The sport of surfing is in turmoil after the world's largest producer of the foam blocks used to make surfboards closed down, citing over-regulation.
Polyurethane foam "blanks" produced by California-based Gordon Clark are used to make many of the world's surfboards.
Mr Clark, who helped invent the modern all-foam surfboard, says environmental regulations forced him out of business.
Fears of a global foam shortage have led to a sharp rise in board prices as surfers snap up already depleted stock.
Mr Clark, known as "Grubby" among surfers, revolutionised the sport in 1958 when he and fellow pioneer Hobie Alter coated a shaped foam block in resin to create an all-foam surfboard.
Previously, surfers could only use wooden boards which often snapped under the force of giant waves.
Now 73, Mr Clark announced his decision to bow out of the industry amid rising concern among local and state authorities about the chemicals used to manufacture the foam blanks.
He outlined his problems in a seven-page letter to his customers, who include hundreds of small surf shops and family businesses throughout the US.
"For owning and operating Clark Foam, I may be looking at very large fines, civil lawsuits, and even time in prison," Mr Clark wrote.
State authorities in California and in Orange County, where Clark Foam is based, are concerned by the company's machinery and its use of toxic chemicals.
Mr Clark said he was forced to spend $400,000 (£229,000) on legal fees to defend a claim by a former employee, and a similar amount to meet emissions laws.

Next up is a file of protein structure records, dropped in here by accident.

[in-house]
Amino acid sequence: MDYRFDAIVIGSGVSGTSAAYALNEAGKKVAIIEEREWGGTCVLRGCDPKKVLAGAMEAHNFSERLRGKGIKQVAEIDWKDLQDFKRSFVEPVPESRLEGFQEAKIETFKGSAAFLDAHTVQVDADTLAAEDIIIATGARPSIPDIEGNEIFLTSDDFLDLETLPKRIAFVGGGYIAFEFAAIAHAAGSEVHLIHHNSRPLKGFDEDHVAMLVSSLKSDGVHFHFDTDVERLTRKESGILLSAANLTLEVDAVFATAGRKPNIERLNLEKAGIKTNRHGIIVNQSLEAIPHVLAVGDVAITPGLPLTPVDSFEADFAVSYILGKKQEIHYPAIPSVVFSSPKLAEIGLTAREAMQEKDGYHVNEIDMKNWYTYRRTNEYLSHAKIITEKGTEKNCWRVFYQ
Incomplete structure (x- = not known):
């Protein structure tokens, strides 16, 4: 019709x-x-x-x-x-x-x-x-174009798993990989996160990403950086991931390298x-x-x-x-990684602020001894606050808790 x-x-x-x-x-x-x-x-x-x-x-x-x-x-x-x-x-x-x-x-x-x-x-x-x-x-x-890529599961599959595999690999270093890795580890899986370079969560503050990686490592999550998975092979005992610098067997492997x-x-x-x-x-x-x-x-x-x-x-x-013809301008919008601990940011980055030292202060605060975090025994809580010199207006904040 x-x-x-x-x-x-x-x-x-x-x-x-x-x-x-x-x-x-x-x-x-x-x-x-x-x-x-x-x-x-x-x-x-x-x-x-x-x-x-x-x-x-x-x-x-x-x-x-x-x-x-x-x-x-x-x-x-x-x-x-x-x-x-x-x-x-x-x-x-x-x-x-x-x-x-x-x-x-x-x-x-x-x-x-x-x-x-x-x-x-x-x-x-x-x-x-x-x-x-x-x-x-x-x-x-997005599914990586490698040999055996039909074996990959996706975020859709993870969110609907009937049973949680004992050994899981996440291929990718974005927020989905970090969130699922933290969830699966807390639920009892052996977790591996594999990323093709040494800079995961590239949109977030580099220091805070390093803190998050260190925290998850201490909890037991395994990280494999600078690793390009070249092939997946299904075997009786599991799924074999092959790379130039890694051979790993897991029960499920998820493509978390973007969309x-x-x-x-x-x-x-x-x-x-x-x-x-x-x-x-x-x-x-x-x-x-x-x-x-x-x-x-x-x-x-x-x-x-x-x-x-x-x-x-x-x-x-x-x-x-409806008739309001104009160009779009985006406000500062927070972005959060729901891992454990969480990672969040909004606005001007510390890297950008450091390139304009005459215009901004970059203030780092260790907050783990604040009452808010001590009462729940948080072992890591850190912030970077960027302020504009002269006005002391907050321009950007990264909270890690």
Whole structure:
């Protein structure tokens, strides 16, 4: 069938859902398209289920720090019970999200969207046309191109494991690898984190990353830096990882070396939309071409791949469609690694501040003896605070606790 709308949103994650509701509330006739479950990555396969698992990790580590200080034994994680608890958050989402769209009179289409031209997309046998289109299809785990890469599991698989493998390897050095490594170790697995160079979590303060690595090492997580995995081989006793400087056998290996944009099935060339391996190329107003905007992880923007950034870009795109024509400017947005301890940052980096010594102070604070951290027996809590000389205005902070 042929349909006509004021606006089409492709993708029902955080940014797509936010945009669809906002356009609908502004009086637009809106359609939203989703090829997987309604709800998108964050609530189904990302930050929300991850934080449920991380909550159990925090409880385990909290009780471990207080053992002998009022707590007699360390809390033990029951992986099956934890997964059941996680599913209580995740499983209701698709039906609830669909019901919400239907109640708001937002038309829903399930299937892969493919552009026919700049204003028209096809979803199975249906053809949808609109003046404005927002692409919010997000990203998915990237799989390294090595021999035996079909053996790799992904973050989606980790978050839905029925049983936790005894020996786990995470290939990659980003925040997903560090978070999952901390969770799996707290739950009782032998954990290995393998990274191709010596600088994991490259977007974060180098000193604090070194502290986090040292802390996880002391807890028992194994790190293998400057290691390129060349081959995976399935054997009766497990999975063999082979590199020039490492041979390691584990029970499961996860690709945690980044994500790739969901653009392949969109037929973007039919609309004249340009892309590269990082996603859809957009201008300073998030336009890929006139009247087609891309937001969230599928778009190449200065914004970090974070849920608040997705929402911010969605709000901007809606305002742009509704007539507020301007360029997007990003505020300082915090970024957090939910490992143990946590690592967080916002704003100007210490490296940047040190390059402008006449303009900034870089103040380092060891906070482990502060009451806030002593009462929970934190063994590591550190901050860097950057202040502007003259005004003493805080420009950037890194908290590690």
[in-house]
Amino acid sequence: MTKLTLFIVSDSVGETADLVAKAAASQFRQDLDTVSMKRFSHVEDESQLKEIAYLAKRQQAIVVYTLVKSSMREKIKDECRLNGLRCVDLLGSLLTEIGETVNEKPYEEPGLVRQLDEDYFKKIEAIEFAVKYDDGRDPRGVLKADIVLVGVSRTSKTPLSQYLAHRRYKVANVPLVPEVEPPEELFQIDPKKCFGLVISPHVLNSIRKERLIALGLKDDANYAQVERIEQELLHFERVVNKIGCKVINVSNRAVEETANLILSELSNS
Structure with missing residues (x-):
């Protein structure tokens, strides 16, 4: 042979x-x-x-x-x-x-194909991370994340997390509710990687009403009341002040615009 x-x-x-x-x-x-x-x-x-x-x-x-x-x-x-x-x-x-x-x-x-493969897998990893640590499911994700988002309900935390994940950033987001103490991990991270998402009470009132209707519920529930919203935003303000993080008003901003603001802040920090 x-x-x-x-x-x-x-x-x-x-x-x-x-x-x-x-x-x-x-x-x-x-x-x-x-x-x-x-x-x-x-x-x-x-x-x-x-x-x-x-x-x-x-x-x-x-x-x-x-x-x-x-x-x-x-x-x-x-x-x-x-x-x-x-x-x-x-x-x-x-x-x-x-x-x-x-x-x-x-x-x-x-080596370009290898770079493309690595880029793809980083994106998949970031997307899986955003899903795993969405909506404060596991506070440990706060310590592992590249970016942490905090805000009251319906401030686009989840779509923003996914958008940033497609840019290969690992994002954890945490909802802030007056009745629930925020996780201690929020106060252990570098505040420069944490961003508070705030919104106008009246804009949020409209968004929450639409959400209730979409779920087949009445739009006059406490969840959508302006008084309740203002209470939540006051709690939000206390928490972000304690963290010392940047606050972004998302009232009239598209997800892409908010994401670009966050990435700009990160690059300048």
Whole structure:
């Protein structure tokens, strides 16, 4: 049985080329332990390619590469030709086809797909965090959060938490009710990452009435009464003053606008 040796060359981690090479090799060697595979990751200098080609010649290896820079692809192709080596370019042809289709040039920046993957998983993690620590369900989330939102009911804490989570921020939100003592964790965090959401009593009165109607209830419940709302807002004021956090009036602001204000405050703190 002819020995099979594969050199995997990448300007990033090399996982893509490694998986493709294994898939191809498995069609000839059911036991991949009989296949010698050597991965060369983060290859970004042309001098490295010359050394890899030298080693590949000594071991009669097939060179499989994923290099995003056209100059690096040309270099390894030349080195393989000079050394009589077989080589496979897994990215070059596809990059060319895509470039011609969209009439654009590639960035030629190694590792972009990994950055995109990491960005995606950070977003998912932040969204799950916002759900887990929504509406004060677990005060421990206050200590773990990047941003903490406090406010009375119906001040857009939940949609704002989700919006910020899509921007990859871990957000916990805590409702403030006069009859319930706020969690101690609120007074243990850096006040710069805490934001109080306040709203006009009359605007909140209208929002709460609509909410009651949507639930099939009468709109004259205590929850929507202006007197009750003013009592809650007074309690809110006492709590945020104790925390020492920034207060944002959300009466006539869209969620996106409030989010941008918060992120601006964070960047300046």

Custom-made foam boards make up almost 75% of boards sold around the world. Clark Foam supplied foam for 90% of those boards, according to reports.
It is unclear whether another US manufacturer will step into Gordon Clark's shoes.
The closure of Clark Foam came as a shock to surfers and board "shapers" across the US.
"Everybody's figuring out how they're going to get on with their life," said Chris Mauro, editor of Surfer Magazine, which described the closure as an "apocalypse" for the sport.
"There's probably a shortage of 2,000 boards a week globally now. It'll be months before things are back up to speed... maybe even years," he told the Associated Press.
Hundreds of California surf shops face tough times
On surfing websites enthusiasts have exchanged commiserations and wondered what the future holds for their sport.
"For those of us that ride boards that flex a certain way, there is a feel that cannot be reproduced," one contributor wrote on Surfer magazine's forum.
"I'm too old to flick and fly. I'm in it for the feedback through my feet. I'm really going to miss it."